When I write about student loans, I prefer to stick to analysis and advice based on the current rules. Occasionally, student loans are a subject of the news, and potential changes get discussed. When this happens, readers want to what is likely to happen and how it will impact them. Covering these topics sometimes requires making predictions. As someone frequently cited as a student loan expert, I think it is important that I take a look back and review what I got right and what I got wrong.
I usually have a strong dislike for talking about myself. This site is about providing you, the reader, with the best possible information. However, in this case, I think it is critical to review my work for the past year as it contained many predictions. You deserve to have a record of my hits and misses.
Let’s get to it.
Student Loan Forgiveness from Elizabeth Warren
Like most student loan borrowers, I was thrilled by the possibility that Elizabeth Warren might forgive some or all of my student loans.
My predictions were not optimistic.
In my analysis, I discussed the many hurdles that stood in the way of forgiveness and how delaying repayment could be an expensive mistake due to the accumulation of interest.
Verdict: Sound Prediction. I called forgiveness as a result of the 2020 election a long shot, and that prediction looks solid in hindsight.
The one area that could have been better was my analysis of the cost of waiting. At the time of the article, Covid-19 was unknown, and we were still many months away from the interest freeze. However, the 0% interest rate has reduced the cost of waiting and hoping for federal loan forgiveness.
Planning for a Bernie Sanders Presidency
At the time, I thought it was important to discuss his plan to forgive all student loan debt.
I said, “the odds of student debt elimination are increasing, but it is still a long shot.” I also provided a list of steps for borrowers to follow if they thought Sanders would win and deliver on his loan forgiveness promise. The steps were to: sign federal loans up for the IDR plan with the lowest monthly payment, refinance high-interest private loans, and have a backup plan.
Verdict: Shaky Analysis. I ended the article by advising borrowers to “plan with your head, not your heart.” I should have done the same. While it was accurate analysis to call forgiveness a long shot, it was premature to discuss taking steps plan for forgiveness in a Sanders Presidency. The article published on February 25th, and four days later, Biden’s huge win in the South Carolina primary would shift the momentum of the election.
Additional Note: I removed the original article from the site. From a transparency standpoint, the best practice would be to leave the old article posted for review. However, I try to remove items that are no longer relevant so that borrowers do not make decisions based upon the content that is not up to date. Those interested can read the archived version of the original article on archive.org.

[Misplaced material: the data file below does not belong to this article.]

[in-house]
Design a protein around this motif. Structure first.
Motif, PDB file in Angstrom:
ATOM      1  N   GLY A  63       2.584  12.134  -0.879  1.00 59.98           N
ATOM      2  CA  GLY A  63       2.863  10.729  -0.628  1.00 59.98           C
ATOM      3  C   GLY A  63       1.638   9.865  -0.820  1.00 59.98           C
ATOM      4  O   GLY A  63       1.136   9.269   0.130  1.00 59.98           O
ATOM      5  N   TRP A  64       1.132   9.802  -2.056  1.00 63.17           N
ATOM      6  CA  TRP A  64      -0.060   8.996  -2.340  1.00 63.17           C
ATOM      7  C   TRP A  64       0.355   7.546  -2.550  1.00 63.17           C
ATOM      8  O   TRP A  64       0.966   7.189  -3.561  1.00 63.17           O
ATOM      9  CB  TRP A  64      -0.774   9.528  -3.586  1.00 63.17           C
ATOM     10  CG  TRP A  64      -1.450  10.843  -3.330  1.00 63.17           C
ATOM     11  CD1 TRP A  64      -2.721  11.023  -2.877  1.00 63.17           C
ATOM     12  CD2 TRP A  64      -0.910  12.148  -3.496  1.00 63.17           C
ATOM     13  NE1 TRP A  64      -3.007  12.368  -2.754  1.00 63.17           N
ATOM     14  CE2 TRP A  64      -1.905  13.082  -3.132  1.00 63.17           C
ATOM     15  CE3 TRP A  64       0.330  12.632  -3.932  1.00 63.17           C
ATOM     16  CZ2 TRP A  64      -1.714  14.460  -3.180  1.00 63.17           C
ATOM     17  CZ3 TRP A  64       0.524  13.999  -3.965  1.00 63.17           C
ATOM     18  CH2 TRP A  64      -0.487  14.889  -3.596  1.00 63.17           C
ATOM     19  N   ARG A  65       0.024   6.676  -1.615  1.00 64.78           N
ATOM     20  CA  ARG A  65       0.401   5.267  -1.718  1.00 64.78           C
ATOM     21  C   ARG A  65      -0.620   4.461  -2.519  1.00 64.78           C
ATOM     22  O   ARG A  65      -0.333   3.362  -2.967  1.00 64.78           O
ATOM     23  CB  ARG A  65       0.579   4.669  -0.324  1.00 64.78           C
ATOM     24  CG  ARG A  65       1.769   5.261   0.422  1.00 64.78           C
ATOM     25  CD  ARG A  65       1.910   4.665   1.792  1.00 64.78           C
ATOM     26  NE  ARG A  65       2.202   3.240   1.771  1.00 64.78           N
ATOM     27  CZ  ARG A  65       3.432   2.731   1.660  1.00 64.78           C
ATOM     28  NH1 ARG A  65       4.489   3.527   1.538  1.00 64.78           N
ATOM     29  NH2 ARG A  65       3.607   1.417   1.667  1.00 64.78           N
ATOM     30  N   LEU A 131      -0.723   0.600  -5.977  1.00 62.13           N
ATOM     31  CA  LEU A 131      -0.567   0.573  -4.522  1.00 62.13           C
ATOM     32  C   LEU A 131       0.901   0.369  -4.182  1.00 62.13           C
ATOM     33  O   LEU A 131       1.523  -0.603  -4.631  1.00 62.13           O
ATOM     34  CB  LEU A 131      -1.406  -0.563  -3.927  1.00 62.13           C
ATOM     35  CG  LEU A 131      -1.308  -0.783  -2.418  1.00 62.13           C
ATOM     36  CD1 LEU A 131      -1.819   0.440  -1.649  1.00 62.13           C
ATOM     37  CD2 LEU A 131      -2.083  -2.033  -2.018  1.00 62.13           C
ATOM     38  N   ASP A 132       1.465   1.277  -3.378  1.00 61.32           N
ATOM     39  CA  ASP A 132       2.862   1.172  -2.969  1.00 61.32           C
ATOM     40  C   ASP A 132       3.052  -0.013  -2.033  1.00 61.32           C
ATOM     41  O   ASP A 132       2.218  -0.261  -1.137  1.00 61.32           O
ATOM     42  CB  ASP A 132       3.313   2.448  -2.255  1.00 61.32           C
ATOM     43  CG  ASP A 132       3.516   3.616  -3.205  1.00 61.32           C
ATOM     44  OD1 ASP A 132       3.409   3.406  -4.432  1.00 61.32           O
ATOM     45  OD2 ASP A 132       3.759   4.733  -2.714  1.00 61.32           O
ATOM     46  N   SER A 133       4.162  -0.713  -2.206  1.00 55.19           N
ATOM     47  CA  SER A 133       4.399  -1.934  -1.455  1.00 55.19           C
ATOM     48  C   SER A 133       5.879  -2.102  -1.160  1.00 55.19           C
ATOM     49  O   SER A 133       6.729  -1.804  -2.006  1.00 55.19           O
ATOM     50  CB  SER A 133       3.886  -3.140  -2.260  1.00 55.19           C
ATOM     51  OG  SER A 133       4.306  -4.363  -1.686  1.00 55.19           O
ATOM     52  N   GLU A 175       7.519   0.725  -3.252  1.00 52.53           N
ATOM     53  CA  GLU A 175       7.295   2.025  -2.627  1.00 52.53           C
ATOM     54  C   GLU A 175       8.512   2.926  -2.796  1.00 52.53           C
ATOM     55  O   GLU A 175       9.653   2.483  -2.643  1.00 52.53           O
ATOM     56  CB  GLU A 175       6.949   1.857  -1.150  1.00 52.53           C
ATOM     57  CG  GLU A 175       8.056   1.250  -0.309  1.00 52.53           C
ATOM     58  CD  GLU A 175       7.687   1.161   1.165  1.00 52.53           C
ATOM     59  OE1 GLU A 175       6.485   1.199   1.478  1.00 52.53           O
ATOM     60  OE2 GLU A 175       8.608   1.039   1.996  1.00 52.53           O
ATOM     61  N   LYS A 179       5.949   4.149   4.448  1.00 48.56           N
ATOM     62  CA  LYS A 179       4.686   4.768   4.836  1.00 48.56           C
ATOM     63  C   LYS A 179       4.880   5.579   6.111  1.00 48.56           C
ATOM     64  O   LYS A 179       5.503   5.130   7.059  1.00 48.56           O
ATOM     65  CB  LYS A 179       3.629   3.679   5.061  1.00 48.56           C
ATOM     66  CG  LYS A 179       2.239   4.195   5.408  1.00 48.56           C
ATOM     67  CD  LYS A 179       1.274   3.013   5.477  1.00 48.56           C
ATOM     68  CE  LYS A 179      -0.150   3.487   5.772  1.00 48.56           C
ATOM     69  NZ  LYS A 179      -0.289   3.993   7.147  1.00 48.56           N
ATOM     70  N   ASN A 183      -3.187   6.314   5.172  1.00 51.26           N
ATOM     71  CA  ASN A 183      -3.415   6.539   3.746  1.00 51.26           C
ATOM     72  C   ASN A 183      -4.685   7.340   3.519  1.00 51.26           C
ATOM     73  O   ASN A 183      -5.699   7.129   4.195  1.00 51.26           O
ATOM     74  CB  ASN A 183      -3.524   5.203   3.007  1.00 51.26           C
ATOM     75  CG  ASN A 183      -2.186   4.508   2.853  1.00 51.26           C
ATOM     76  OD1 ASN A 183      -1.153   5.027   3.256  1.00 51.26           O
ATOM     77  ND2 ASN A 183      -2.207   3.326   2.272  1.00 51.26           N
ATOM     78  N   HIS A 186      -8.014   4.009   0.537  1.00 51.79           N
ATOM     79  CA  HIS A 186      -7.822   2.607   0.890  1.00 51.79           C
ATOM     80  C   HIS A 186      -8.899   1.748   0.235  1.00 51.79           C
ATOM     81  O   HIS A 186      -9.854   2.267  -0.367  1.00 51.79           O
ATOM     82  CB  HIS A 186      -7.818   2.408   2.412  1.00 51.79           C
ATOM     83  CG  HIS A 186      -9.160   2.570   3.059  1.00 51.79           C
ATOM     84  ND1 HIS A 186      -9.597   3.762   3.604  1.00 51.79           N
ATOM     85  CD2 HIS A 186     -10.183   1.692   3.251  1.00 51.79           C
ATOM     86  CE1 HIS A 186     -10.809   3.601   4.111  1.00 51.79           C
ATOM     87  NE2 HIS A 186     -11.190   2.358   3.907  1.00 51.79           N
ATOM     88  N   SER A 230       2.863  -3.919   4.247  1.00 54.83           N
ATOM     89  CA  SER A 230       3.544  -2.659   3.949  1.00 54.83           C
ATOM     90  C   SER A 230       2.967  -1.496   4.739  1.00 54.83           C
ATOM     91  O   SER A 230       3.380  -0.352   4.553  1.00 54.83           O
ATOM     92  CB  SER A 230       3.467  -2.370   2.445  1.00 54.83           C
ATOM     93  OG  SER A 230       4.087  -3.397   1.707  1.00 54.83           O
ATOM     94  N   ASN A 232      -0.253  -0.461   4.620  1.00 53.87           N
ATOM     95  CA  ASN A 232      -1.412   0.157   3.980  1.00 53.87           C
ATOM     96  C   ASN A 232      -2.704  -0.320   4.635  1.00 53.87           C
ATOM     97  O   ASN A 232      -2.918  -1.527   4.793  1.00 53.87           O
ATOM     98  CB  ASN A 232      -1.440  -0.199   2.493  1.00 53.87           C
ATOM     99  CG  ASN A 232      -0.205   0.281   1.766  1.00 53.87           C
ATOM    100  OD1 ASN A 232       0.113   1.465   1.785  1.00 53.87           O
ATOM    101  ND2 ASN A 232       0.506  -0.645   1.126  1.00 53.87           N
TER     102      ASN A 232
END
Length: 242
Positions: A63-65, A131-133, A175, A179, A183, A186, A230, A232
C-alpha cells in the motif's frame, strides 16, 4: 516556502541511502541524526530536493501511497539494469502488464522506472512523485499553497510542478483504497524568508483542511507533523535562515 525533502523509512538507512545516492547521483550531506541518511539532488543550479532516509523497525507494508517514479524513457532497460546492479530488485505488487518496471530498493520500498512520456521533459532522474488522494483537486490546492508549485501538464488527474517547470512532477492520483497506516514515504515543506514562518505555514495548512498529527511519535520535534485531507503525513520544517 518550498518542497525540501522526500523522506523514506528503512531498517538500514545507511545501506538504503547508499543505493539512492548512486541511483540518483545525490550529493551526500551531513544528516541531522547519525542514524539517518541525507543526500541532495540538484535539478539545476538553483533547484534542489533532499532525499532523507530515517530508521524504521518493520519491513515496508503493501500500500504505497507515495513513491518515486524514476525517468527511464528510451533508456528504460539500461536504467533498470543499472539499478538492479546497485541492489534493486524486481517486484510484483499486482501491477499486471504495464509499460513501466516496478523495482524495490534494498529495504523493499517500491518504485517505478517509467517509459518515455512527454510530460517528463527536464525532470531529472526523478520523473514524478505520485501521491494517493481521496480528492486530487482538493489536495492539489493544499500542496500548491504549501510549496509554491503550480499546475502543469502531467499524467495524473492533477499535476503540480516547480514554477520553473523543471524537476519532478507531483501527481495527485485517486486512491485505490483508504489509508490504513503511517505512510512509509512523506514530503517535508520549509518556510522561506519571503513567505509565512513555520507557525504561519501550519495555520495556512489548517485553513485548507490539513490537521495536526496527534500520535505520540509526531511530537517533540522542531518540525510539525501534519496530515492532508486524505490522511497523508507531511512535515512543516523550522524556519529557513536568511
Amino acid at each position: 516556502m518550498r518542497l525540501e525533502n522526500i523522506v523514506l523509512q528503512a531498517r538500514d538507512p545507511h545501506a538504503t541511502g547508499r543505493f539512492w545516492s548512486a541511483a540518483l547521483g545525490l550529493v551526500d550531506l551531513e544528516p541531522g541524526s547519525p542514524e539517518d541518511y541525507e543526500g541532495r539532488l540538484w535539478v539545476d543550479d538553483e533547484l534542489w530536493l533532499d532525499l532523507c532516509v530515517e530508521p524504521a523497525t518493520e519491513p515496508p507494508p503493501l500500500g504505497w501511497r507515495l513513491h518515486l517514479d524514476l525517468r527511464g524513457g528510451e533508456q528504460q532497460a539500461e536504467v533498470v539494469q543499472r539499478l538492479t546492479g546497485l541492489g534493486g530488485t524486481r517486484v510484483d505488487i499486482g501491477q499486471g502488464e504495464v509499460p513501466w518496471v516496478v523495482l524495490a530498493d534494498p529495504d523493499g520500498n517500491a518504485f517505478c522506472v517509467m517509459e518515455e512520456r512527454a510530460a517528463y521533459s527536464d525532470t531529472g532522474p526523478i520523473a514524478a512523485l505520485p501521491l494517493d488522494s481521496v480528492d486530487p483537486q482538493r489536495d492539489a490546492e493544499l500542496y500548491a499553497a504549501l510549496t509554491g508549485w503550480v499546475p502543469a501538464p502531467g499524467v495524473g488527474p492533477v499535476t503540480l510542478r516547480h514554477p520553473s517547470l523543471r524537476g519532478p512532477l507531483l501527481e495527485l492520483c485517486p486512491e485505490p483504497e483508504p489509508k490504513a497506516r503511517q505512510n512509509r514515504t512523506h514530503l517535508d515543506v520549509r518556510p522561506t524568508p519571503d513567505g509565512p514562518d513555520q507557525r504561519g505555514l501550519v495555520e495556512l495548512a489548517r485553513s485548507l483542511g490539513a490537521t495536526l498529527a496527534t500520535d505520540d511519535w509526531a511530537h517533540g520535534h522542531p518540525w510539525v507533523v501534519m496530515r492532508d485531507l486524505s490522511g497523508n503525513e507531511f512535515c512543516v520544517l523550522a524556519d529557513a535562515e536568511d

Federal Student Loan Interest Freeze Extensions
When Congress passed the first Covid-19 stimulus bill in March of 2020, they suspended federal student loan payments and interest until that October.
Early in that summer, I predicted that the interest freeze would extend beyond the original expiration date. I made this projection because the relief received bipartisan support, the President could extend it via executive order, and Covid-19 showed no signs of slowing.
I also noted that no politician would stand in the way of the interest freeze one month before a big election.
Verdict: Bullseye. Since that first article, the 0% interest and payment forbearance have been extended twice. It is now scheduled to end on January 31st, 2021. It also appears that it will be extended yet again during the Biden administration.
Tax Relief for Employer Contributions to Student Loan Payments
Many companies now support treating employer student loan assistance like 401(k) contributions.
I said that I thought, “it is highly likely that a tax break for student loan contributions becomes a reality. This could be the next significant change coming to student loans.”
Verdict: Mixed Results. The comprehensive program I expected has not yet become a reality. However, as part of the CARES Act, until the end of 2020, employers can contribute up to $5,250 toward an employee’s student loan balance, and the payment will be free from payroll and income tax.
A Biden Executive Order on Student Loan Cancellation
After Biden’s win in the 2020 election, many Democrats called on him to sign an executive order canceling up to $50,000 in federal student loans.
In my legal analysis, I said that Biden might have the authority to cancel the debt in this manner, but it wasn’t a sure thing. I argued that for practical and political reasons, Biden was unlikely to forgive the debt. Specifically, the potential for chaos and Biden’s desire to be unifier were reasons he wouldn’t push executive power in this manner.
I doubled down on this analysis during an interview with Forbes.
Verdict: Bullseye. Biden recently stated that he is unlikely to cancel student debt with an executive order. Of all my predictions, this was the one that worried me the most because it was not a commonly held point of view at the time. However, it was a topic of significant interest and could impact borrower planning.